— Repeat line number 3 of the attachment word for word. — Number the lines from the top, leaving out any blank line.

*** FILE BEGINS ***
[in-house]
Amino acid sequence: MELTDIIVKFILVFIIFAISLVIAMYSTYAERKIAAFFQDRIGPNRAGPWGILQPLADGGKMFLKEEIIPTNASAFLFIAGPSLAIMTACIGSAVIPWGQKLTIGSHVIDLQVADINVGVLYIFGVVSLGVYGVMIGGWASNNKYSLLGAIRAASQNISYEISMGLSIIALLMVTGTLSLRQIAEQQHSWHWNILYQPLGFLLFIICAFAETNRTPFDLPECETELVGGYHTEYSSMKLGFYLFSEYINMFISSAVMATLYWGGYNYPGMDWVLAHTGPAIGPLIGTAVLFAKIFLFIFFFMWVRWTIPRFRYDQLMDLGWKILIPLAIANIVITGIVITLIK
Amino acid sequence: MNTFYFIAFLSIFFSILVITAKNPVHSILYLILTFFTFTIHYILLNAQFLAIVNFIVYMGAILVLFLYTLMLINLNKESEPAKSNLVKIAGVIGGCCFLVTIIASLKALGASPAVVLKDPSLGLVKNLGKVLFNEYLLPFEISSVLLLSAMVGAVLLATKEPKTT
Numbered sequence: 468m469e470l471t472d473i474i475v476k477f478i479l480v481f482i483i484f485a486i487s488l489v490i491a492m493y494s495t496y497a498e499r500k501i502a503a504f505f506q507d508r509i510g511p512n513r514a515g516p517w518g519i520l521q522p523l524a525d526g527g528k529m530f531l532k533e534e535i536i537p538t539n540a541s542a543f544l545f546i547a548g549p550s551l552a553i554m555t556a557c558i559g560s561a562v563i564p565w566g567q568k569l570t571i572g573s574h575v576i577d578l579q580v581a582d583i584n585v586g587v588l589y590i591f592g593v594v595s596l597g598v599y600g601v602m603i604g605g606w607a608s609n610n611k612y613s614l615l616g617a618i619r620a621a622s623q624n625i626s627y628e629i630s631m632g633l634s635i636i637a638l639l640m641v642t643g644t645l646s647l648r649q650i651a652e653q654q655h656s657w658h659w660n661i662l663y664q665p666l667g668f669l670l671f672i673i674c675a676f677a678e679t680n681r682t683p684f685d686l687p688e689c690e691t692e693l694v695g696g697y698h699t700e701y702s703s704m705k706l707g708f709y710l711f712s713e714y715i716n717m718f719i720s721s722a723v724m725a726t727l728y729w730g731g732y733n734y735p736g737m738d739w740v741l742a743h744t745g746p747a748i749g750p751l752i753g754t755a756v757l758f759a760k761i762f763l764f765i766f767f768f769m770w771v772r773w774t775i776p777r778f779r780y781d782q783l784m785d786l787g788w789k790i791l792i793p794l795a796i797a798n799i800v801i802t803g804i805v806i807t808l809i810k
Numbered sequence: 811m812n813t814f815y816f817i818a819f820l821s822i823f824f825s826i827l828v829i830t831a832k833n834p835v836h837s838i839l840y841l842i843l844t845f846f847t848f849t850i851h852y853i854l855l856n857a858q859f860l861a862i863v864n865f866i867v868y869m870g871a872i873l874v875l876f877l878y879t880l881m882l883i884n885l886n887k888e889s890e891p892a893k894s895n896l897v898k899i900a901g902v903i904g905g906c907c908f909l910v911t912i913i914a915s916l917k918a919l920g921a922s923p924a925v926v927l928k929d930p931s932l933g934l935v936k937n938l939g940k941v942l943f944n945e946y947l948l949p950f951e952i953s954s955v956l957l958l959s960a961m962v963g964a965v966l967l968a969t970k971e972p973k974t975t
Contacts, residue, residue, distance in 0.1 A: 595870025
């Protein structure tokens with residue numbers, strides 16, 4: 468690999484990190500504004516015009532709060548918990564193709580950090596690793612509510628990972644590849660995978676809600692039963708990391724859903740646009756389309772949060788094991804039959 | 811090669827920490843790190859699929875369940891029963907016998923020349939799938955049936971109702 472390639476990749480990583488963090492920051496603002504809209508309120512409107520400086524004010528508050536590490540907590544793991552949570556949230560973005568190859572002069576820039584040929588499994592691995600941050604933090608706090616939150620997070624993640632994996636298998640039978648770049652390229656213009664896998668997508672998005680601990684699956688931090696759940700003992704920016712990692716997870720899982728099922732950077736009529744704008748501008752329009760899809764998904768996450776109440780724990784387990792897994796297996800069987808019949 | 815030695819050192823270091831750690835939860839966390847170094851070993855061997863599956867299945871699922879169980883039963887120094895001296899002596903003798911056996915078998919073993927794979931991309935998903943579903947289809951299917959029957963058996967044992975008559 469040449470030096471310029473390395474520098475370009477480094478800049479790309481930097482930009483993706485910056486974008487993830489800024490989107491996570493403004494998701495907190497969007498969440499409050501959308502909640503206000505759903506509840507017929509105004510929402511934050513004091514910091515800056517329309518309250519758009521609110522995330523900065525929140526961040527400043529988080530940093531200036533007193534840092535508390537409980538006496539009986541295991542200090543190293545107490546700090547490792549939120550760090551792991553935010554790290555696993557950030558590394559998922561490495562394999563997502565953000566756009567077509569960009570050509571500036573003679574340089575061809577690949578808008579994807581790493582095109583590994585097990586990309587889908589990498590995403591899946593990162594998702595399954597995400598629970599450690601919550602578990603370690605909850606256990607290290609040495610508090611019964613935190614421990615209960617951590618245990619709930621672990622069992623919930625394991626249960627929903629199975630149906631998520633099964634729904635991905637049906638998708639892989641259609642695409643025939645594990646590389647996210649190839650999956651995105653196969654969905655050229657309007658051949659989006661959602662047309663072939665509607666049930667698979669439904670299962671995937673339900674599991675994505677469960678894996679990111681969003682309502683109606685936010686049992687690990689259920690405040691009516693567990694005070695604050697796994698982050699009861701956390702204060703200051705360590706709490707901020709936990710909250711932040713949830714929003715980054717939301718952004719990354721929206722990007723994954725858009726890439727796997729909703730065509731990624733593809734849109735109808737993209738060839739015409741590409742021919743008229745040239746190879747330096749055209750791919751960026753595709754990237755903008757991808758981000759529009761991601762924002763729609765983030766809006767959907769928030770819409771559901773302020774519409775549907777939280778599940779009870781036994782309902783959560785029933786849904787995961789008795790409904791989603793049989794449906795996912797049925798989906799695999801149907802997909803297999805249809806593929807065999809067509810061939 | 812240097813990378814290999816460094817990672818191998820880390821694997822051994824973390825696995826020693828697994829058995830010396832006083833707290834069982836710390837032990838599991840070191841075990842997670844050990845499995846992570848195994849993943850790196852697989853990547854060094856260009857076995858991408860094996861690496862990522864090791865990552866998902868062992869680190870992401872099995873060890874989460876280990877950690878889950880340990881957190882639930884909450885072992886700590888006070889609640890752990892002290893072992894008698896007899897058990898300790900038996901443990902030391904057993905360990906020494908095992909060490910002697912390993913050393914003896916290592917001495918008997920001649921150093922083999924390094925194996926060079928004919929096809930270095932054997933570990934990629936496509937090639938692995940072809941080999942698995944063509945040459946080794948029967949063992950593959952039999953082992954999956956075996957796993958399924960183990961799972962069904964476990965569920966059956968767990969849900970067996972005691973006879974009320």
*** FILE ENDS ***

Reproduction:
Amino acid sequence: MNTFYFIAFLSIFFSILVITAKNPVHSILYLILTFFTFTIHYILLNAQFLAIVNFIVYMGAILVLFLYTLMLINLNKESEPAKSNLVKIAGVIGGCCFLVTIIASLKALGASPAVVLKDPSLGLVKNLGKVLFNEYLLPFEISSVLLLSAMVGAVLLATKEPKTT